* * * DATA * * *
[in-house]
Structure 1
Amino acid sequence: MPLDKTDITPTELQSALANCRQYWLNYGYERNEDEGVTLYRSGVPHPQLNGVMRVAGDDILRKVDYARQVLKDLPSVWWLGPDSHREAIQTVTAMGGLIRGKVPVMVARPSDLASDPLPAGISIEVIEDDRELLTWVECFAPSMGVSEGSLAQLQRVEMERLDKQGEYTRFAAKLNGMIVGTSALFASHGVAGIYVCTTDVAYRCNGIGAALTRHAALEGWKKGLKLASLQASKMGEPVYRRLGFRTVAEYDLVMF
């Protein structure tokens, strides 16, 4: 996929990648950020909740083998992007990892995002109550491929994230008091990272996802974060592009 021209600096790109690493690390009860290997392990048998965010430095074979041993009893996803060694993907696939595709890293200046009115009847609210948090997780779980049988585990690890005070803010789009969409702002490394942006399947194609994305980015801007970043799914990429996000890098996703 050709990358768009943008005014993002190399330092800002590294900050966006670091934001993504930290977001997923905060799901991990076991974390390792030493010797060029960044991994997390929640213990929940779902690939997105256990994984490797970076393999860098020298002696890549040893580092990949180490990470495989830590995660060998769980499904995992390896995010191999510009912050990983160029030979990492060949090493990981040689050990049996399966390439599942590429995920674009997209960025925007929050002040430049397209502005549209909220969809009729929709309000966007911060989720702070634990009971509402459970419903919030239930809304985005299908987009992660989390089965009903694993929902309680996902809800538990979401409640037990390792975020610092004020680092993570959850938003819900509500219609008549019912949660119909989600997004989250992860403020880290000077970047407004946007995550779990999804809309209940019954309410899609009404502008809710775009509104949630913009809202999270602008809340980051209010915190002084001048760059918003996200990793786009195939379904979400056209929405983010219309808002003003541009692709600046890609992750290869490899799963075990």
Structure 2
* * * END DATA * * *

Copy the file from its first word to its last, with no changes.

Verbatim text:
[in-house]
Structure 1
Amino acid sequence: MPLDKTDITPTELQSALANCRQYWLNYGYERNEDEGVTLYRSGVPHPQLNGVMRVAGDDILRKVDYARQVLKDLPSVWWLGPDSHREAIQTVTAMGGLIRGKVPVMVARPSDLASDPLPAGISIEVIEDDRELLTWVECFAPSMGVSEGSLAQLQRVEMERLDKQGEYTRFAAKLNGMIVGTSALFASHGVAGIYVCTTDVAYRCNGIGAALTRHAALEGWKKGLKLASLQASKMGEPVYRRLGFRTVAEYDLVMF
């Protein structure tokens, strides 16, 4: 996929990648950020909740083998992007990892995002109550491929994230008091990272996802974060592009 021209600096790109690493690390009860290997392990048998965010430095074979041993009893996803060694993907696939595709890293200046009115009847609210948090997780779980049988585990690890005070803010789009969409702002490394942006399947194609994305980015801007970043799914990429996000890098996703 050709990358768009943008005014993002190399330092800002590294900050966006670091934001993504930290977001997923905060799901991990076991974390390792030493010797060029960044991994997390929640213990929940779902690939997105256990994984490797970076393999860098020298002696890549040893580092990949180490990470495989830590995660060998769980499904995992390896995010191999510009912050990983160029030979990492060949090493990981040689050990049996399966390439599942590429995920674009997209960025925007929050002040430049397209502005549209909220969809009729929709309000966007911060989720702070634990009971509402459970419903919030239930809304985005299908987009992660989390089965009903694993929902309680996902809800538990979401409640037990390792975020610092004020680092993570959850938003819900509500219609008549019912949660119909989600997004989250992860403020880290000077970047407004946007995550779990999804809309209940019954309410899609009404502008809710775009509104949630913009809202999270602008809340980051209010915190002084001048760059918003996200990793786009195939379904979400056209929405983010219309808002003003541009692709600046890609992750290869490899799963075990």
Structure 2